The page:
2013′s eighth most popular post is about telling the difference between novice high and intermediate low. Be sure to check out the comments on the original post for more helpful distinguishing tips.
I got a question recently from a colleague who was having trouble pinpointing the difference between novice high and intermediate low with her students, especially in writing.
When it comes to writing, here are some keys that I think mean a student is consistently performing at IL and not NH:
- Changing topics with relevance
A few weeks ago a student of mine wrote the same assessment everyone else did: invite someone to a party and talk about what’s going to be going on at the party. But in her (much longer) response, she talked about kids who weren’t coming to the party and what their excuses were, and whether the excuse was valid. In doing so she showed me variety of topics rather than just that she could talk about a party. In this case, the extra topics involved talking about school as well, but fit very well into the task.
If students are stuck in “me gusta” and “yo quiero” then they’re in novice vocabulary. When my students start trading “me gusta” for “me encanta” and then throw in phrases like “detesto” and “me da asco” (we do a lot of work on giving opinions in Intermediate level), then I know their vocabulary is becoming more intermediate. More examples from my class are trading los dos for ambos and es de for se trata de. I circle words as I read through that show depth of vocabulary and use them as an example to show students of how to push their proficiency here.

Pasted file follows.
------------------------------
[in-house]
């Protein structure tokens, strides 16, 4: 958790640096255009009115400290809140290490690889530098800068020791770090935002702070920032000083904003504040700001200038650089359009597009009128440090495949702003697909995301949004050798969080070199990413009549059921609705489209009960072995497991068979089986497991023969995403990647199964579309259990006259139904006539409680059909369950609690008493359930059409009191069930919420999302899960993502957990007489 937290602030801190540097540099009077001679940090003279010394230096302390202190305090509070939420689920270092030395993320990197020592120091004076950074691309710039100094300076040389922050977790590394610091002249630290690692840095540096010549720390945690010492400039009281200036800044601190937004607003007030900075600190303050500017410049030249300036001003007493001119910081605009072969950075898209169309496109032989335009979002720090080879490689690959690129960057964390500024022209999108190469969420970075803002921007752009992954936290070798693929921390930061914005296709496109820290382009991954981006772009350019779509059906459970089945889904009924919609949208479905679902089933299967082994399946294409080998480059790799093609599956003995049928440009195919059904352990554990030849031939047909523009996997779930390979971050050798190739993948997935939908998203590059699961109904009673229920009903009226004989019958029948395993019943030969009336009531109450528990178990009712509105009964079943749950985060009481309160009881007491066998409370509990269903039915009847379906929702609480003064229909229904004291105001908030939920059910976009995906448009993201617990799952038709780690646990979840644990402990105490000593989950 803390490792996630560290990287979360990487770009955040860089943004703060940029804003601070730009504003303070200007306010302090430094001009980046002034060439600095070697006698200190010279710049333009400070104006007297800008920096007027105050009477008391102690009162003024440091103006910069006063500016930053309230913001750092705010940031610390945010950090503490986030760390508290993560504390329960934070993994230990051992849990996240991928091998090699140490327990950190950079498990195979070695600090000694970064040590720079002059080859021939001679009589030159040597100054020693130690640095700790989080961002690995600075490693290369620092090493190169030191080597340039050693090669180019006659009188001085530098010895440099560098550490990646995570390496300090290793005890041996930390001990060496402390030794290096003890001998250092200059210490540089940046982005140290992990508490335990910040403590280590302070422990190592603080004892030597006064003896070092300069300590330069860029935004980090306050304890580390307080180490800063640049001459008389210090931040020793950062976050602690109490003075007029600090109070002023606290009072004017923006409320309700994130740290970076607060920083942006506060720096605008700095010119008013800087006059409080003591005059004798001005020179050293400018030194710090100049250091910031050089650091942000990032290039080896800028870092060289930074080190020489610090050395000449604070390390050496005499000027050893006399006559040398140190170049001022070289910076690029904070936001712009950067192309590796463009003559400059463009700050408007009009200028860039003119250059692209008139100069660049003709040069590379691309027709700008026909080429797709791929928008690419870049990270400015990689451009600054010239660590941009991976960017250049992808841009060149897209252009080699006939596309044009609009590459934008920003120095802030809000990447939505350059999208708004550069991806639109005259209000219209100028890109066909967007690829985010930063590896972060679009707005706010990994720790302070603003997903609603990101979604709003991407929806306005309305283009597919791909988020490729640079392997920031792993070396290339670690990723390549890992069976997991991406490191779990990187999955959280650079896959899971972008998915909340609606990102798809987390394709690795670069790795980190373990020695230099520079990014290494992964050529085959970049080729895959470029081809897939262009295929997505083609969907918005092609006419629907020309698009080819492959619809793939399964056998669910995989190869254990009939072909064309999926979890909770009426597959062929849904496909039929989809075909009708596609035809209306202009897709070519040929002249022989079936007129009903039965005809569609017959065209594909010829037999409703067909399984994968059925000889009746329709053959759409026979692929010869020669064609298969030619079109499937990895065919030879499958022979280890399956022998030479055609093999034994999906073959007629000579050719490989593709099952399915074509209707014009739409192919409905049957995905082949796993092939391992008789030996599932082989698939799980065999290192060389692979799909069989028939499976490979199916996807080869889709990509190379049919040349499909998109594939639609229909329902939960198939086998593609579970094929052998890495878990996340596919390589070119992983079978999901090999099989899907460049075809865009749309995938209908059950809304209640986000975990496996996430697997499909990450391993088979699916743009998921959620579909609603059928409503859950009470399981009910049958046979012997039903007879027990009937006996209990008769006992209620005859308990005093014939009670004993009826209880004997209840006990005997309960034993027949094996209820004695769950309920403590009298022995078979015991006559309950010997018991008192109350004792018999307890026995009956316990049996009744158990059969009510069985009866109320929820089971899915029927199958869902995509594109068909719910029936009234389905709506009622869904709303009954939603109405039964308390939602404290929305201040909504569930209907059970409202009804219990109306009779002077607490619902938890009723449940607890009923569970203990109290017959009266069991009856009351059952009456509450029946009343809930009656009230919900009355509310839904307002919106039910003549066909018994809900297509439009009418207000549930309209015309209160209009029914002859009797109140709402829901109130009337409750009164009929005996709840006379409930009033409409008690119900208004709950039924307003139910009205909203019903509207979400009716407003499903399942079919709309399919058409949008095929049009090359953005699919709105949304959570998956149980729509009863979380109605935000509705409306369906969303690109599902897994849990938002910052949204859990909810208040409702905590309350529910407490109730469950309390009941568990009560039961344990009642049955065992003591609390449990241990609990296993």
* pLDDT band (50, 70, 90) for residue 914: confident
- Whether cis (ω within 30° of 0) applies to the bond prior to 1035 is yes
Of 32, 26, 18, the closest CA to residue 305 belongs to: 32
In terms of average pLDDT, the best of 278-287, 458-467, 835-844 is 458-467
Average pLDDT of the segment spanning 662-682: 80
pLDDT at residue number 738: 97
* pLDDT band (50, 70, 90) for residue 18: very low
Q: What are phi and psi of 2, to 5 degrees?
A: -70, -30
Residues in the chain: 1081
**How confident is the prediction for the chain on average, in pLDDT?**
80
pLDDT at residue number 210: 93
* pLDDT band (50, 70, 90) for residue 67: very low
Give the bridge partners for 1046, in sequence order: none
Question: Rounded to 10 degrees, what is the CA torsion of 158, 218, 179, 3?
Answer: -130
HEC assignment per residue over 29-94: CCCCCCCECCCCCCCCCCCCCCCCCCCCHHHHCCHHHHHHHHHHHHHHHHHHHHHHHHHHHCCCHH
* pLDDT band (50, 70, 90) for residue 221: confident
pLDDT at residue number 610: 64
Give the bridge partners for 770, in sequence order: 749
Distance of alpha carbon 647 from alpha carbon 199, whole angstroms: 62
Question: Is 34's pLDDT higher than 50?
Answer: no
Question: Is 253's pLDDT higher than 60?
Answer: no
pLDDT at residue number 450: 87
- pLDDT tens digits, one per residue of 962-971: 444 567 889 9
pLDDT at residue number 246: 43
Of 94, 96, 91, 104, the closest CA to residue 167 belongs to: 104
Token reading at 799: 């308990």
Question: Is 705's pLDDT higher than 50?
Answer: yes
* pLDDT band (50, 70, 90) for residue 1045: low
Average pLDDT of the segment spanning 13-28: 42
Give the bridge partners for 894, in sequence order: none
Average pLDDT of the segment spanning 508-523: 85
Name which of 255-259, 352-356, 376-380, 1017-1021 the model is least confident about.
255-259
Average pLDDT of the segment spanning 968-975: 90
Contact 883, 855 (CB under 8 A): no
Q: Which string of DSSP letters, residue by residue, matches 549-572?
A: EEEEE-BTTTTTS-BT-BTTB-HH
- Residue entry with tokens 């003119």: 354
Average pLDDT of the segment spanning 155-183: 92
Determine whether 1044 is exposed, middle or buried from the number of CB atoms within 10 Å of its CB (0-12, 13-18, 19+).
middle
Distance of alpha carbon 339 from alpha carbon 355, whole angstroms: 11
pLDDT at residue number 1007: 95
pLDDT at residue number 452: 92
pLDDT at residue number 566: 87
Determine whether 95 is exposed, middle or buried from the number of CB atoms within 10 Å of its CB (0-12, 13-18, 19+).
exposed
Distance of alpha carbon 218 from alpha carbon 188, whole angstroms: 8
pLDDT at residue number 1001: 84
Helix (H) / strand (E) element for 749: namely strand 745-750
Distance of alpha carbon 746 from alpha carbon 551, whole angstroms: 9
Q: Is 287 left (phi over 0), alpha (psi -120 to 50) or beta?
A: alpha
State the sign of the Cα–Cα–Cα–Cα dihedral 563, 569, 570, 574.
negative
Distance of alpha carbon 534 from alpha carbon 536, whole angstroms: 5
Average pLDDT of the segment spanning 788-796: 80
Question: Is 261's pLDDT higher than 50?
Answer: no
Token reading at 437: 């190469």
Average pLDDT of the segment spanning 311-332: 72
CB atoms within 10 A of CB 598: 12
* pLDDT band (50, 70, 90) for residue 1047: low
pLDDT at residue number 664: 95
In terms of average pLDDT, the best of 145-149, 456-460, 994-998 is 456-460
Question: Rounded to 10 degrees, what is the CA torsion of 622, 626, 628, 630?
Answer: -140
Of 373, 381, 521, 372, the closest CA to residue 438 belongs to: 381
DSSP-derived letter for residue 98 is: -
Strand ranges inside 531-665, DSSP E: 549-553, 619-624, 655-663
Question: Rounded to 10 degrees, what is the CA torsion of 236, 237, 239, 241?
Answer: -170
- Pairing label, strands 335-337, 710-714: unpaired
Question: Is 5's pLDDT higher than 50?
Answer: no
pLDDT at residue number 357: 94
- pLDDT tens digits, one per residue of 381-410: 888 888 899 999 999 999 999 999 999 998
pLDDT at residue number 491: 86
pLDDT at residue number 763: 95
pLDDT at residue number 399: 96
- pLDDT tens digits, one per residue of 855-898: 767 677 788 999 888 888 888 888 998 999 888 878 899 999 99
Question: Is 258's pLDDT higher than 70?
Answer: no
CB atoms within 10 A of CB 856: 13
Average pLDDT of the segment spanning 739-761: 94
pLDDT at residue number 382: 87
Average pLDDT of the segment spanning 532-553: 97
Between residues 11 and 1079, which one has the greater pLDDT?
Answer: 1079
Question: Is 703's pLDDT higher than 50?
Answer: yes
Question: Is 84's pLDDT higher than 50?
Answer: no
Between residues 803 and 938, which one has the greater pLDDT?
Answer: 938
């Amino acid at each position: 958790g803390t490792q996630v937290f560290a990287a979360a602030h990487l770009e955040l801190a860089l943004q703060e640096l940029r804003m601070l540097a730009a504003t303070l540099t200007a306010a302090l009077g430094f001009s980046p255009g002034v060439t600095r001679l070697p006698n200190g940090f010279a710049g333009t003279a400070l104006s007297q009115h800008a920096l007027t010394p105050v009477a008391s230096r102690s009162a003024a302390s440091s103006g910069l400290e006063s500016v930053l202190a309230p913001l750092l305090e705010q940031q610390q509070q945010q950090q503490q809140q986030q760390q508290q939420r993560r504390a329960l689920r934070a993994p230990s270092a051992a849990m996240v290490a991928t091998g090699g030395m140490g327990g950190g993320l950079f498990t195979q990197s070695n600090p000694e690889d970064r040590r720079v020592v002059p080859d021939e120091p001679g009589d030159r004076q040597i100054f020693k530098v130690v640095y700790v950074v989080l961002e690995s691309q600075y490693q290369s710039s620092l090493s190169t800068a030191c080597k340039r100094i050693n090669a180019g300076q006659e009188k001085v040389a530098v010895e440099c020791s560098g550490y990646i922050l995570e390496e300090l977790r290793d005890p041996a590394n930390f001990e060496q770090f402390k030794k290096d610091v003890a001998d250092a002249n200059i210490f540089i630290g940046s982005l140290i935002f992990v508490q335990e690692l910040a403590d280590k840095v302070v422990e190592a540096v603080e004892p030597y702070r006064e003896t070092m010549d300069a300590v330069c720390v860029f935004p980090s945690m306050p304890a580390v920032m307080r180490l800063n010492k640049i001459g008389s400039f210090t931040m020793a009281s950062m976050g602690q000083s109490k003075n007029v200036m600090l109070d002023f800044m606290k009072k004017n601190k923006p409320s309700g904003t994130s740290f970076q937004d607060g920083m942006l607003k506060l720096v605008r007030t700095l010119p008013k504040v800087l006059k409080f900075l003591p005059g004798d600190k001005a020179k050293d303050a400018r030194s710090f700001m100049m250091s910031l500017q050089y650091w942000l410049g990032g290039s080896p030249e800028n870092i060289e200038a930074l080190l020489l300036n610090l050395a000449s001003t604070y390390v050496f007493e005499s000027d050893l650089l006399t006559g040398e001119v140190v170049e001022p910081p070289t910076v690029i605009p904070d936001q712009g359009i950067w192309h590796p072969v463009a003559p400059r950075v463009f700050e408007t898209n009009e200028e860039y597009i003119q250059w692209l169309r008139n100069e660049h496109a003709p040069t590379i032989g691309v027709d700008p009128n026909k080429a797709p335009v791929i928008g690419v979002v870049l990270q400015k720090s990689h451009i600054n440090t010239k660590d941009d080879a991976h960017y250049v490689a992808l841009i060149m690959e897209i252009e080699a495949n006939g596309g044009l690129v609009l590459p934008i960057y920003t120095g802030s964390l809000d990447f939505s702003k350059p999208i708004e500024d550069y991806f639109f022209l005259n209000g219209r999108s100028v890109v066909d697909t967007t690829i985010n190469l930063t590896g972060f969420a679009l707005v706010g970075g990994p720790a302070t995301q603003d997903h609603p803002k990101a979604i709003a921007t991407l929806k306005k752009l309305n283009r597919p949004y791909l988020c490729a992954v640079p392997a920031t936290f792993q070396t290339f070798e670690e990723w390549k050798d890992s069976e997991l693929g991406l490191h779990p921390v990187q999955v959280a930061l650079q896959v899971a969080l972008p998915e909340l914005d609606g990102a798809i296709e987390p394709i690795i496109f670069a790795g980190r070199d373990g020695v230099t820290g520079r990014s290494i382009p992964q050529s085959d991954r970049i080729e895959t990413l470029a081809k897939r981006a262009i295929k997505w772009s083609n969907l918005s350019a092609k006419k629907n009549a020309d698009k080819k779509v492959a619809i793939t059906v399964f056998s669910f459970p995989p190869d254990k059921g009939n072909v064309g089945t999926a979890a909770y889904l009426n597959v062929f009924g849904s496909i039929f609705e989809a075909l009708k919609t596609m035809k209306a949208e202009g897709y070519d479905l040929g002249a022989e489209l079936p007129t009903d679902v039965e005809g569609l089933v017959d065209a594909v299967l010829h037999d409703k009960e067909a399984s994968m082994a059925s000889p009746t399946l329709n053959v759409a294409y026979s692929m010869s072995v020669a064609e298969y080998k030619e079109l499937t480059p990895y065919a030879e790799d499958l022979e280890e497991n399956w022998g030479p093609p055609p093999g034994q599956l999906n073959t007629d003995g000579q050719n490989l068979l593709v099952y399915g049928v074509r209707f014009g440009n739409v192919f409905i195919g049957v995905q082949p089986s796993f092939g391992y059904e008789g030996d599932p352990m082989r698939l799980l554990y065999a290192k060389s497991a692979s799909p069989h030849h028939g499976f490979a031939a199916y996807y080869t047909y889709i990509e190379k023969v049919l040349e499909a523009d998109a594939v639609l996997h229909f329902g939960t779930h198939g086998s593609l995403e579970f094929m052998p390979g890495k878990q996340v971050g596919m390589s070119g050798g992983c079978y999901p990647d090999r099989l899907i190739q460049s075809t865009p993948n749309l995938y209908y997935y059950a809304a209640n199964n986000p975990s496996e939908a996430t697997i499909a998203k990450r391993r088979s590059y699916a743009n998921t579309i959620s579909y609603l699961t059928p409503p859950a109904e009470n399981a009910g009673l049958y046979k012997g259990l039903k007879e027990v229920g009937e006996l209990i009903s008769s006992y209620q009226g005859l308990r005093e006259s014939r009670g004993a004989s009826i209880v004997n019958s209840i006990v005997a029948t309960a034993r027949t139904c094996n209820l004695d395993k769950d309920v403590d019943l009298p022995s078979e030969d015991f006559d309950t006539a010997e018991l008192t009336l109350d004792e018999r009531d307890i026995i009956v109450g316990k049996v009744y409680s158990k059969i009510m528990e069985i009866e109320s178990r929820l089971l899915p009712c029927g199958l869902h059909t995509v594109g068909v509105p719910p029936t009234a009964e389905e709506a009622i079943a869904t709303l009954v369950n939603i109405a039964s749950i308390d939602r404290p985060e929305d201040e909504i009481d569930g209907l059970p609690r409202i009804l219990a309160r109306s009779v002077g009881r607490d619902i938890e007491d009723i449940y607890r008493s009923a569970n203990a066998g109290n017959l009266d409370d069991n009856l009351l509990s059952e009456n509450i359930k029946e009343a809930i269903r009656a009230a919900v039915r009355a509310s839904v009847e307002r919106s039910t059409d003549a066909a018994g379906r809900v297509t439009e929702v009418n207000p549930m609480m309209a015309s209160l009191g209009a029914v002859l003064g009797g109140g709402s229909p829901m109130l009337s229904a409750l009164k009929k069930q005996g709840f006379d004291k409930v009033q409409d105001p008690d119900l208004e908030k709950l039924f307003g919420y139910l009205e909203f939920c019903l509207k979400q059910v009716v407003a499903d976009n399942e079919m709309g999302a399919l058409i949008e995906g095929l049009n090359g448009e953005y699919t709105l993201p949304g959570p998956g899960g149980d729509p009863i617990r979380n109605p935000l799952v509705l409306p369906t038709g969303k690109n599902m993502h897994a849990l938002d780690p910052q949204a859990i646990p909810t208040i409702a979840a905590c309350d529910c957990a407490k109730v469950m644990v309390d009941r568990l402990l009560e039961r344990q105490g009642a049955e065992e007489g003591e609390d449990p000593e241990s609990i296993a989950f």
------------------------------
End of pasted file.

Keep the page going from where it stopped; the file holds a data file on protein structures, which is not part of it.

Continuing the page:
Intermediate students rarely if ever answer in fragments when they are not appropriate. My students often ask, because school trains them to, “Do I have to answer in a complete sentence?” The answer is not that simple. If I ask, “What’s that?” then the natural response is not usually a complete sentence. If I ask, “What did you do yesterday?” the natural response is often a complete sentence. Intermediate students more often than not do what would be natural for a native speaker as far as sentence structure. In presentational writing this usually means all complete sentences, unless, for example, you’re asking for something like photo captions, a type of presentational writing novices can typically handle better.
- Connections within sentences
IL students, especially in presentational writing, use more transitions between phrases and paragraphs: words and phrases like after, and so, and then, before, therefore, that’s why, also, besides, etc. Within sentences they connect phrases not just with ‘and’ and ‘but’ but also subordinating phrases like:
the boy [that was in the school] went…
[when I am sad] I go…
My sister [who is sometimes crazy] likes to…
Last month one of the topics for #langchat was how to set expectations for proficiency and communicate that to students. @crwmsteach added a comment that is relevant to this discussion: “The difference between NH and IL is that NH students reach for short pieces of IL; IL students maintain these skills and occasionally slip backward to NH.” (expanded because I’m not limited to 140 characters here).
Assessing proficiency is a subjective task but the more discussions we have like this, the more we’ll have interrater reliability and communicate well with our students about where they are and where they’re going.
Tags: assessment, proficiency.